Almost every authority who has written on the subject has different notions about setting a table. There is common agreement on one point, however: knives and spoons are generally placed to the right of the dinner or service plate, forks to the left. And the silver is arranged in accordance with the menu, in a pattern so that guests will pick up the utensils used first, working from the outside in.
Other than that there are not any rock-bound rules about table settings. Thus it is best to rely on your own logic. As an example, however, you may note the place setting that follows for a dinner consisting of soup, chicken sauté with noodles, salad with cheeses and bread, fruit, and wine. It is supposed that a white wine will be served with the chicken dish, a red wine with the cheeses. You never serve two different wines in the same glass.
Note that the soup spoon is on the outside since it will be used first. After the soup is disposed of, the two outside pieces become the dinner knife and the dinner fork to be used with the chicken dish. When that is disposed of, you are left with a salad fork to the left, a knife to the right, to be used with the cheese. When they are disposed of, you are left with the dessert fork and spoon arranged at the top of the dinner plate.
The use of a dessert fork and spoon is not as common in America as it is in France, but it is practical, the fork for pushing, the spoon for eating, and vice versa, depending on the dish: berries and cream desserts with a spoon, cake and pie with a fork.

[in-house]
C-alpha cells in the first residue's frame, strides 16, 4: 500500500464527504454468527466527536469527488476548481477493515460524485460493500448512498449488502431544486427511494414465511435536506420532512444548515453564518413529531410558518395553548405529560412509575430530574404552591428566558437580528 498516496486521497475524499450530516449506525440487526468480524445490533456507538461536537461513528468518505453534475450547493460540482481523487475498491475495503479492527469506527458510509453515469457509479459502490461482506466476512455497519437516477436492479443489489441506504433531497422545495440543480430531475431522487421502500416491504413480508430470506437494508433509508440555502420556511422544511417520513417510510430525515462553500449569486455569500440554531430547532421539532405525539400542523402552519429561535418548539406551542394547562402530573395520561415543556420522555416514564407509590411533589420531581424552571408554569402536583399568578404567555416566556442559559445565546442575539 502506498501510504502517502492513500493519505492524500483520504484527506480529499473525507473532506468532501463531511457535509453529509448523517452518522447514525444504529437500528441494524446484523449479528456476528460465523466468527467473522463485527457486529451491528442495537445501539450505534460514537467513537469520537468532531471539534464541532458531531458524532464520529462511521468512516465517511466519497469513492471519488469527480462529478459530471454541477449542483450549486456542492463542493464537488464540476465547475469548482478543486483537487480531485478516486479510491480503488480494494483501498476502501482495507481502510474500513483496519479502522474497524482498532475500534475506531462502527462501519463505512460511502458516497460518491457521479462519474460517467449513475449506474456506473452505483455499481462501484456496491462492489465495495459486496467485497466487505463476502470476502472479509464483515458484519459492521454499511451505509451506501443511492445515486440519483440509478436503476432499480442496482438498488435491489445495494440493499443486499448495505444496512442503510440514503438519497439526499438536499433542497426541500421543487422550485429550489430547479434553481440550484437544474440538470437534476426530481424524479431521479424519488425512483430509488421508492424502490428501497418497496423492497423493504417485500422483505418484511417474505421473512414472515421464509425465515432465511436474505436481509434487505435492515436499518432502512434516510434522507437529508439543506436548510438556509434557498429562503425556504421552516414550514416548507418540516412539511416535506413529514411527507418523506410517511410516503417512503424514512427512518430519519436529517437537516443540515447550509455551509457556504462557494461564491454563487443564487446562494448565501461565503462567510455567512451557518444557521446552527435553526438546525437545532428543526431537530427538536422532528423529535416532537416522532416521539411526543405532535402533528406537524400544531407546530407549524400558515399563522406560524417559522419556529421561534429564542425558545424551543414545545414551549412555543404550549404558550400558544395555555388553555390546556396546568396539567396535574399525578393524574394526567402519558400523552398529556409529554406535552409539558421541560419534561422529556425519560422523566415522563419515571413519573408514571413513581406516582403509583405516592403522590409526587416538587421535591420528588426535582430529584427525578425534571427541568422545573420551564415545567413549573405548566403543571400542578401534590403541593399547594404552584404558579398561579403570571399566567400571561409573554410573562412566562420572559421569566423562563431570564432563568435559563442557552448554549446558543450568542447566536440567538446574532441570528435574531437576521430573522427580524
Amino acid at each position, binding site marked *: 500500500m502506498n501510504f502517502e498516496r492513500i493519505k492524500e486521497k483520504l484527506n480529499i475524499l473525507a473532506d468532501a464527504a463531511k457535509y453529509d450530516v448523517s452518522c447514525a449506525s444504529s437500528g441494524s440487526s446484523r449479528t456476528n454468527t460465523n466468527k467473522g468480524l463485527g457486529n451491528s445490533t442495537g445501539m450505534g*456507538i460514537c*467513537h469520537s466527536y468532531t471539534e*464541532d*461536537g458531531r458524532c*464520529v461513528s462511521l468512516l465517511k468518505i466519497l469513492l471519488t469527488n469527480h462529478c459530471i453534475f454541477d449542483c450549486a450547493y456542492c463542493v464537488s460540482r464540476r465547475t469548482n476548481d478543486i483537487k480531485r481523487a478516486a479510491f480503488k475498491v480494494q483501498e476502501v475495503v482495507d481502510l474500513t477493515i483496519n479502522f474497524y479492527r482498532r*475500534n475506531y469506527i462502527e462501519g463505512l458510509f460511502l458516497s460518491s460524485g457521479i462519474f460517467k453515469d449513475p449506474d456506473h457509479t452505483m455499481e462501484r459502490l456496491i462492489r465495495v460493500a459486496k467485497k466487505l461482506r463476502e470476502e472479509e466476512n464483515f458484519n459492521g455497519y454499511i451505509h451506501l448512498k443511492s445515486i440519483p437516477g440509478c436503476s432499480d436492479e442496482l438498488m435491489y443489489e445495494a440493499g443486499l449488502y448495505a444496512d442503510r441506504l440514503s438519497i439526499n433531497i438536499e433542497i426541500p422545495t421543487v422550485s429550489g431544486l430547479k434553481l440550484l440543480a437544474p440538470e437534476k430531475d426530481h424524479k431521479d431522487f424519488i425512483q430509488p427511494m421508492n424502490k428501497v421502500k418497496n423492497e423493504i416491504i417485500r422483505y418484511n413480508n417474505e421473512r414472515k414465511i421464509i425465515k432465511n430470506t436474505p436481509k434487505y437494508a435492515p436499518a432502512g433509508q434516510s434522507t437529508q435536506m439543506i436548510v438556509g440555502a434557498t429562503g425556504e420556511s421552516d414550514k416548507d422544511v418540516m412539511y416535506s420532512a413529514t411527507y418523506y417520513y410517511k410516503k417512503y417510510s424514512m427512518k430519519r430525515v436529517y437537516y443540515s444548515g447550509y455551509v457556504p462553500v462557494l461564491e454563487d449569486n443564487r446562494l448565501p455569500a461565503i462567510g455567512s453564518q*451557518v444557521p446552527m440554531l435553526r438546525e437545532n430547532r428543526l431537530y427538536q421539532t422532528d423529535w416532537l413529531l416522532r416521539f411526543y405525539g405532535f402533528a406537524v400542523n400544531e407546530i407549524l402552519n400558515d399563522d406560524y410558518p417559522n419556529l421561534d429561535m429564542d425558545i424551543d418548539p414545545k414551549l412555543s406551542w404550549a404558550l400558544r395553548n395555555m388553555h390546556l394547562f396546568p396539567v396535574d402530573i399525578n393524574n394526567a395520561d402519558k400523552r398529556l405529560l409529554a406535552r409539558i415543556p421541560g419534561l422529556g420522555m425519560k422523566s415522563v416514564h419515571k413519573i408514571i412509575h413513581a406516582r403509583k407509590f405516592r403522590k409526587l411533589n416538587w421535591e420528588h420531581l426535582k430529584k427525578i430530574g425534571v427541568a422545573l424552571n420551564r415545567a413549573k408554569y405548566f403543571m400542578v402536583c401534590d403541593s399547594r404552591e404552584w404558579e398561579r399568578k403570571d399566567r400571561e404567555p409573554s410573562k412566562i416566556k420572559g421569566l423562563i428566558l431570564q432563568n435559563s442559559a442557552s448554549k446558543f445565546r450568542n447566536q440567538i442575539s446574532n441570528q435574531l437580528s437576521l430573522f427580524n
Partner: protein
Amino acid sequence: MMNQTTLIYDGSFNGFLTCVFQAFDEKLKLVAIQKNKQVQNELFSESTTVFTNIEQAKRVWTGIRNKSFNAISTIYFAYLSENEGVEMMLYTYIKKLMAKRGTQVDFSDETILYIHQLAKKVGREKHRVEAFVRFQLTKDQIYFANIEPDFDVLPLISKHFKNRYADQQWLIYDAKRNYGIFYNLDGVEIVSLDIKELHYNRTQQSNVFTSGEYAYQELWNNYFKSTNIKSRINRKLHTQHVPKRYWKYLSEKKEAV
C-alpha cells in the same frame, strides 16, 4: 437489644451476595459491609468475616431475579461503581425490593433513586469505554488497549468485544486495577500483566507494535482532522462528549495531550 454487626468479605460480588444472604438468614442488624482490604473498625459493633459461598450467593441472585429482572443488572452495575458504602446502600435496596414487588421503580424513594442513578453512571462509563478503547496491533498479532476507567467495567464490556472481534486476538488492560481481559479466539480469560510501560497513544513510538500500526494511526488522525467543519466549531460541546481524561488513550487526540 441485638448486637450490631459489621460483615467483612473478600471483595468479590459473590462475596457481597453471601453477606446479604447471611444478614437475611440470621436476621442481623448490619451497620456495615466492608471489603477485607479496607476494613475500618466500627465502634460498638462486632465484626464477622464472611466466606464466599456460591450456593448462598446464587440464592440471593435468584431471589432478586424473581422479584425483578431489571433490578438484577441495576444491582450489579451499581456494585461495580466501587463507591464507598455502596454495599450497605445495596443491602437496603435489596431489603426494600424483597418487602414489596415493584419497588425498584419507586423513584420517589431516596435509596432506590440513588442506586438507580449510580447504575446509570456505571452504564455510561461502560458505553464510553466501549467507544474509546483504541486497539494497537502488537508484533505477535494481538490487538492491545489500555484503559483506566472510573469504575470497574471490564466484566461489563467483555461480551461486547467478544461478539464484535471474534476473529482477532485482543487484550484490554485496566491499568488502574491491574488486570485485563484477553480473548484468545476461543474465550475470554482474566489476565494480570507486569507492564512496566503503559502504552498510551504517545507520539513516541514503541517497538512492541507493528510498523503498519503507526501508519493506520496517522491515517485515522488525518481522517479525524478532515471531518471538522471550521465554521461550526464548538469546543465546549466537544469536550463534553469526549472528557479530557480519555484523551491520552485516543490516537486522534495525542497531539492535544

The reason the dessert fork and spoon are placed above is simply because if they were placed to either side of the dinner plate with the other silver, it would look cluttered. It is not necessary, in fact, to place the dessert fork and spoon (or fork alone) when the table is set. They may be brought to the table just before or simultaneously with the dessert.
The use of a service plate (a plate put in the center of each place setting before guests are seated) is not essential, but it has more style than place setting without. The service plate is generally removed after the soup course or appetizer if there is one. If there is no soup course or appetizer, the service place is removed before the main course is served.
First Course: Clear turtle soup
Main Course: Chicken sauté with noodles
Salad Course: With assorted cheeses and heated French bread
Dessert: Mélange of fruits
This is the way one proposed place setting with wineglasses might look:
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